of Standard Size Cable
Even at relatively low frequencies, the reactance of the inductive component of the bond impedance becomes
much larger than the resistance (7-5), (7-9). Thus, in the application of bonding straps, the inductive properties
as well as the resistance of the strap must be considered.
The physical size of the bonding strap is important because of its effect on the rf impedance. As the length,
of the strap is increased, its impedance increases nonlinearly for a given width; however, as the width, b,
increases, there is a nonlinear decrease in strap impedance. Figure 7-11 shows that the relative reactance of a
ratio decreases. The curve shows that a strap with an
strap decreases significantly as the length to width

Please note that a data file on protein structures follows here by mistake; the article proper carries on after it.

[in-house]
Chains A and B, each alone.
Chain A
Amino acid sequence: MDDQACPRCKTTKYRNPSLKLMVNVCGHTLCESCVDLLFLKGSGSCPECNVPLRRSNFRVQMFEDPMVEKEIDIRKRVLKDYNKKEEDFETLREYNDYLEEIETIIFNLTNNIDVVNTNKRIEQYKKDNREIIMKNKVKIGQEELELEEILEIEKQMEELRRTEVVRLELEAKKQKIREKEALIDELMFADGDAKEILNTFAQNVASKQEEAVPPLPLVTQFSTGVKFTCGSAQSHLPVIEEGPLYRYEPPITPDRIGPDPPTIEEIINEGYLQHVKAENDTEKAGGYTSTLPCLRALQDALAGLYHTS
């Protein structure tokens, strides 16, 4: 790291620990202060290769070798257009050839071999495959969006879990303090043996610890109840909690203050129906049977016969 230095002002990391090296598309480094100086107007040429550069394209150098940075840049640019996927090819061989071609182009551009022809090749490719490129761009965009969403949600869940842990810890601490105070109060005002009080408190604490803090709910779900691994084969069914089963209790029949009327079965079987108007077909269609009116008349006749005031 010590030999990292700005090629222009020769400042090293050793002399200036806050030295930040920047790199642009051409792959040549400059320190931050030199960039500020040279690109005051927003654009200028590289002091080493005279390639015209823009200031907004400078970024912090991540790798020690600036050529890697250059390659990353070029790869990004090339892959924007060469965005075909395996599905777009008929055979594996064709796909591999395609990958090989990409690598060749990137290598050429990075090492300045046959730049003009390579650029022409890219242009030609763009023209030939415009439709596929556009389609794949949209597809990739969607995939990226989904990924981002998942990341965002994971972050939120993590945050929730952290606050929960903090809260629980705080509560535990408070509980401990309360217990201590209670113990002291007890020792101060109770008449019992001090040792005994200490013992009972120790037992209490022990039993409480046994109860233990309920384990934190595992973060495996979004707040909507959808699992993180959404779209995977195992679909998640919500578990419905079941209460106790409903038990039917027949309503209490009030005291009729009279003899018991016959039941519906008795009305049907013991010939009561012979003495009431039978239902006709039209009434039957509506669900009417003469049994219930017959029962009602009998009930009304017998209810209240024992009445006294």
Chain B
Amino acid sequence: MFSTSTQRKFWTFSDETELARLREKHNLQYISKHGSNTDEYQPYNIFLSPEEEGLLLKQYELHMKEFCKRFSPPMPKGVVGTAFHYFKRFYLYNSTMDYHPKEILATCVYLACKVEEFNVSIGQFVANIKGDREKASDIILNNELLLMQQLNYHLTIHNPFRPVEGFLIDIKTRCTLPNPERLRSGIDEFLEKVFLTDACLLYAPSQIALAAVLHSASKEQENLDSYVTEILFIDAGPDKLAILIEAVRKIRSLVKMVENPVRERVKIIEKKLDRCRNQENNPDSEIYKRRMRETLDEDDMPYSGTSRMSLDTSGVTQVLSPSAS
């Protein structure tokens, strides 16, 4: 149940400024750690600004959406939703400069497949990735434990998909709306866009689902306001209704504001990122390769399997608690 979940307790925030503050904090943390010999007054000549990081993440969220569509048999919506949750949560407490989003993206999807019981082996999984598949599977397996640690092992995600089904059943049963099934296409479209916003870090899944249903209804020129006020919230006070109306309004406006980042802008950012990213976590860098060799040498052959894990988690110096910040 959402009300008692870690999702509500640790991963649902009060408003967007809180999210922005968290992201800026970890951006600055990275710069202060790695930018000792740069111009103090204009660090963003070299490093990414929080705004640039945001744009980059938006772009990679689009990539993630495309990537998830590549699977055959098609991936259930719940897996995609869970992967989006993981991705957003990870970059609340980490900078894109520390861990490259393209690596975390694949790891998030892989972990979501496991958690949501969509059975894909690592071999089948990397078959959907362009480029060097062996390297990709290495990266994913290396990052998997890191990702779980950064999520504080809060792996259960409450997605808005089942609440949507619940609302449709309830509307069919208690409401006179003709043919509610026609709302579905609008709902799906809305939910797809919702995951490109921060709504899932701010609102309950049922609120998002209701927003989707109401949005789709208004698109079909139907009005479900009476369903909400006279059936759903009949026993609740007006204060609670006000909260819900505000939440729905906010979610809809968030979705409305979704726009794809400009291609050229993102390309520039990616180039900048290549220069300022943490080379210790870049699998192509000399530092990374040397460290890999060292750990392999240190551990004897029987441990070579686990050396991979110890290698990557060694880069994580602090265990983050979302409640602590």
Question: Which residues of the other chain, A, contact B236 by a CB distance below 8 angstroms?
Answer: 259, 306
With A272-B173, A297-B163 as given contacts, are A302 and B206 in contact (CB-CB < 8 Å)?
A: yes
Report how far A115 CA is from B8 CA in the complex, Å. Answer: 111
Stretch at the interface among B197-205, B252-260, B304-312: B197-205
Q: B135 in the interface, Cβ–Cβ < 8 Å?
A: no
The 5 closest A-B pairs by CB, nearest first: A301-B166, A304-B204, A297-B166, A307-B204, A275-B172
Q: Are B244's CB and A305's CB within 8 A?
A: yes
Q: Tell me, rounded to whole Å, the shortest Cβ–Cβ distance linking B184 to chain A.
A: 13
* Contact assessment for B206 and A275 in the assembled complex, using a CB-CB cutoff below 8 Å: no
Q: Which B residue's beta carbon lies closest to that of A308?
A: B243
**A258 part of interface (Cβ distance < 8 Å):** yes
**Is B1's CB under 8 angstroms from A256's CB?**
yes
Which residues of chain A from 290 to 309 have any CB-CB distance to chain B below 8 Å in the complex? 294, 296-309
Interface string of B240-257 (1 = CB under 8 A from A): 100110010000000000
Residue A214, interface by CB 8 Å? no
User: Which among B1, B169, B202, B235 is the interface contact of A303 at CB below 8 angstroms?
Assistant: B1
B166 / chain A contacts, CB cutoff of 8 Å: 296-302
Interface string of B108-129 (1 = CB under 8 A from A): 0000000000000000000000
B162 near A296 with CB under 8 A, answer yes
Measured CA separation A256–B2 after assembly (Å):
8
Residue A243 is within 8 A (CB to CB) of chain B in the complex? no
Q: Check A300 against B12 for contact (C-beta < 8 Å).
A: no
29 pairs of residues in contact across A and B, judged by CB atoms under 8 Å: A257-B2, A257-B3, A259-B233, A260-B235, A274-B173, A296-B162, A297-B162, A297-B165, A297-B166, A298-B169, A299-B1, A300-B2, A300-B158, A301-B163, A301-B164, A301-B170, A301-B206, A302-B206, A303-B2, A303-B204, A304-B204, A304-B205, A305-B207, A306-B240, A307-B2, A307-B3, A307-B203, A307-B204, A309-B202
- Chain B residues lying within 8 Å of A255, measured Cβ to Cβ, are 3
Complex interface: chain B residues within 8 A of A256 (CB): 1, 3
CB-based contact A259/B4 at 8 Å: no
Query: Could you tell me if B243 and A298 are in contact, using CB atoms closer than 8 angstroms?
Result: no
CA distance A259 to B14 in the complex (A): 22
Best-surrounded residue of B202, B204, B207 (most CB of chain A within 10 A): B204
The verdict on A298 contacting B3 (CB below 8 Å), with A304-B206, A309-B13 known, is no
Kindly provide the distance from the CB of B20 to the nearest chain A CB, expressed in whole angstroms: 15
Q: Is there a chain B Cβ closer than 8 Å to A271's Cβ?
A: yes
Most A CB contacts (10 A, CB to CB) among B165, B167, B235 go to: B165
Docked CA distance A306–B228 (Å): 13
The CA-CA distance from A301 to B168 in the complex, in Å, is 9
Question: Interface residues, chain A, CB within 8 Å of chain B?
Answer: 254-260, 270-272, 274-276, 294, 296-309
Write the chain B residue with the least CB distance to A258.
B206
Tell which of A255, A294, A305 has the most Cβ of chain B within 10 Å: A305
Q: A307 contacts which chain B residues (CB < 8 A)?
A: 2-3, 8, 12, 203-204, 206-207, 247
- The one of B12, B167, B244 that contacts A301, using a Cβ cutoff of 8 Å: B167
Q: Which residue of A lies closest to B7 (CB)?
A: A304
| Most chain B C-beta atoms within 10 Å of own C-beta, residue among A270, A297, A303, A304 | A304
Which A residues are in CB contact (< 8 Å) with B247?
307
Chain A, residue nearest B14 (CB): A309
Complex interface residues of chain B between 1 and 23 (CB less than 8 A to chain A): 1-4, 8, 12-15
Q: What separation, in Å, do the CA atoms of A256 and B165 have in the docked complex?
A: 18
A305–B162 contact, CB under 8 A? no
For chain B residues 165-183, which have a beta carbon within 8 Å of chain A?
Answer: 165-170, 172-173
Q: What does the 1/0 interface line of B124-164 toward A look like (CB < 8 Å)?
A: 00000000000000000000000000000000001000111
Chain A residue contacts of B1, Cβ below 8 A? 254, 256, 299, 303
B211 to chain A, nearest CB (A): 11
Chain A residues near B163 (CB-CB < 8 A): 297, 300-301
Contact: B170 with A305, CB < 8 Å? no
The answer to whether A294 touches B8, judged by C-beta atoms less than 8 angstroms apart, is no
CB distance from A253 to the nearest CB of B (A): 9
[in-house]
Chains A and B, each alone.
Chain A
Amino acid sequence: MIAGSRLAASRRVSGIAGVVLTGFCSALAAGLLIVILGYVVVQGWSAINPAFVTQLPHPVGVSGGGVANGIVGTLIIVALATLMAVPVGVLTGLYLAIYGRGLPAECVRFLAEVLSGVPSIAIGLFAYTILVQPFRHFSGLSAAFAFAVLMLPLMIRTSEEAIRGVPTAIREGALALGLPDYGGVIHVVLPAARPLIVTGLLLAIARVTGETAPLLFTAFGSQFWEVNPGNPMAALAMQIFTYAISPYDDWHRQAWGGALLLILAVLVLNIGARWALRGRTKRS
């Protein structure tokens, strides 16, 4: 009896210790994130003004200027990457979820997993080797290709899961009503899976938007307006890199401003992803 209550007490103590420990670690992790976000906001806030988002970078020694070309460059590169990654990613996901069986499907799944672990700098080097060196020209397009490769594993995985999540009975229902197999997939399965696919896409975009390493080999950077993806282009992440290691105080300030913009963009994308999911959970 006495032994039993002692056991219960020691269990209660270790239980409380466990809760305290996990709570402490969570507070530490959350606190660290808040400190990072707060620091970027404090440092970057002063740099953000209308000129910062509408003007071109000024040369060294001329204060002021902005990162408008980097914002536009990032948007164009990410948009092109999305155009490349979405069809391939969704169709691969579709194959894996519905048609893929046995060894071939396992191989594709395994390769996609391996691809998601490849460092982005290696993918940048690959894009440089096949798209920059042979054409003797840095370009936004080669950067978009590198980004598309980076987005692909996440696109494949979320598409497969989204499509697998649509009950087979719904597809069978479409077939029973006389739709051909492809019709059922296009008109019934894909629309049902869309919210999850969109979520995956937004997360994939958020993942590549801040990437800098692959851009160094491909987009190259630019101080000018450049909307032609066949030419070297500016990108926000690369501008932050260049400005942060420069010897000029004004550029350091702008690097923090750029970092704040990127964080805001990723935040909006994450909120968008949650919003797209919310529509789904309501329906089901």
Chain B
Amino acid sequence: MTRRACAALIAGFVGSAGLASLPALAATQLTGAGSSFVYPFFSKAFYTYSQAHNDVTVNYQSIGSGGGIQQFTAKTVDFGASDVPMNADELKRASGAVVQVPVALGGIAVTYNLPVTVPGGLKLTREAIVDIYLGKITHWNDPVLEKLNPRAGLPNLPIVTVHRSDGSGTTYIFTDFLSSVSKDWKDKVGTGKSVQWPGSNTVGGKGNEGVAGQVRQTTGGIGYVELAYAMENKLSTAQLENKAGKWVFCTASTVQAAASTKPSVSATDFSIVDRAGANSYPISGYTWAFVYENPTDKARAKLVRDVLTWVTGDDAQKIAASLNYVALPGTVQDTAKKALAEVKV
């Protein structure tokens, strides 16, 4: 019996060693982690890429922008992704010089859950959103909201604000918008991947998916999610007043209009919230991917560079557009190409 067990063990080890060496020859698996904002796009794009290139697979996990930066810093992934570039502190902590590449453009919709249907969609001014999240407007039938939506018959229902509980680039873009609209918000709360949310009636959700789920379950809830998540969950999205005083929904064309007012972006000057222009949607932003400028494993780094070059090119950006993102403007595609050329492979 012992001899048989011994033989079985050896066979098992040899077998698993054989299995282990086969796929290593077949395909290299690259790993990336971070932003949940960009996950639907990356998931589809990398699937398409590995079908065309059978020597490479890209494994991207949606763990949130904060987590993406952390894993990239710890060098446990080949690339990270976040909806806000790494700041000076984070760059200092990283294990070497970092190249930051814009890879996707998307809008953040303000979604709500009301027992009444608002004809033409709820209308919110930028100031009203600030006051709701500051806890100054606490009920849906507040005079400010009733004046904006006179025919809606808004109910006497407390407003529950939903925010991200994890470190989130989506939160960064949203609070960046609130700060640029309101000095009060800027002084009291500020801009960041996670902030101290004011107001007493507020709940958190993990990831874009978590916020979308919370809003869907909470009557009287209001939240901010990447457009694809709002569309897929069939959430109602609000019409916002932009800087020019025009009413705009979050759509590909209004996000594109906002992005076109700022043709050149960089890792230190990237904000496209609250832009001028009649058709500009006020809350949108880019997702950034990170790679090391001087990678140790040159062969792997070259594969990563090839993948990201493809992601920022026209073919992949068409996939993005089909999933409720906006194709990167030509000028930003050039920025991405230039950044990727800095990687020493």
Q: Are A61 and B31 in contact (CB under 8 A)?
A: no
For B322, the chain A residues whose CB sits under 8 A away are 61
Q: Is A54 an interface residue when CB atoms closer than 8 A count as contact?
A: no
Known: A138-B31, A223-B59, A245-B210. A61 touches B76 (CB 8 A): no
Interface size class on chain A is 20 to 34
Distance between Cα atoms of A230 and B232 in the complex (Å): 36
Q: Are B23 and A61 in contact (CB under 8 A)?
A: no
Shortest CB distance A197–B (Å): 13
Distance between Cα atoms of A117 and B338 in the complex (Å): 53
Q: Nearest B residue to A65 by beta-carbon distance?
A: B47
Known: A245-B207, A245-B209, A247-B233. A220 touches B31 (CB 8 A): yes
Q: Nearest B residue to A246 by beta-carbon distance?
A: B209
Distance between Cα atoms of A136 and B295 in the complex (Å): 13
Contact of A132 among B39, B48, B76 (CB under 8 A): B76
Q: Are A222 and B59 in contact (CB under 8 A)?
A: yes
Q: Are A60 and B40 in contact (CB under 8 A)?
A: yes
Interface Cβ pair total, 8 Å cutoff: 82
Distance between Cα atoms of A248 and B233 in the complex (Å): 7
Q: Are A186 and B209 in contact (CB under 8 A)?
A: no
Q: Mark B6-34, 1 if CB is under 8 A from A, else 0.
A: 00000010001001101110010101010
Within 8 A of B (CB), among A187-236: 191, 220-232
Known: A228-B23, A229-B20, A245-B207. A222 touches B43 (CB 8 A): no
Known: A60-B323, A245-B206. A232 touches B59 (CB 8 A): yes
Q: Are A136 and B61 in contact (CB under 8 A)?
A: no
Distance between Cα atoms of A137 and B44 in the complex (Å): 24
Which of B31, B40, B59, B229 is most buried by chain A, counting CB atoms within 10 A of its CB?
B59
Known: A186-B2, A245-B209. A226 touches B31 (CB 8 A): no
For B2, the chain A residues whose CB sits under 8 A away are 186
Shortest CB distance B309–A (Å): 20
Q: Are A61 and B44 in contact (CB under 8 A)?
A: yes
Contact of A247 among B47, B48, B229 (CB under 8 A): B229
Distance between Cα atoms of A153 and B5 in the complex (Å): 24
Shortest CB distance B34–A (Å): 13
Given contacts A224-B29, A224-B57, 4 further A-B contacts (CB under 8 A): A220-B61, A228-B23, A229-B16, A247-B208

ratio of 5 to 1 has an inductive reactance that is 45 percent that of a thin wire (i.e., very high ratio of to
b); a 3 to 1 ratio decreases this percentage to 38 percent. Because of this reduction in reactance, bonding
straps which are expected to provide a path for rf currents are frequently recommended to maintain a
length-to-width ratio of 5 to 1 or less, with a ratio of 3 to 1 preferred.
In many applications, braided straps are preferred over solid straps because they offer greater flexibility.
Figure 7-12 compares the measured impedance properties of a braided copper strap with those of a solid copper
strap and shows that no significant difference exists between the impedance of the braided or solid strap for
frequencies up to 10 MHz. Other tests (7-9) confirm that there is no essential difference in the rf impedance
properties of braided and solid straps of the same dimensions and made of the same materials. Because the
strands are exposed they are more susceptible to corrosion; braided straps may be undesirable for use in some
locations for these reasons. Fine braided straps also are generally not recommended because of higher
impedances at the higher frequencies as well as lower current carrying capacities.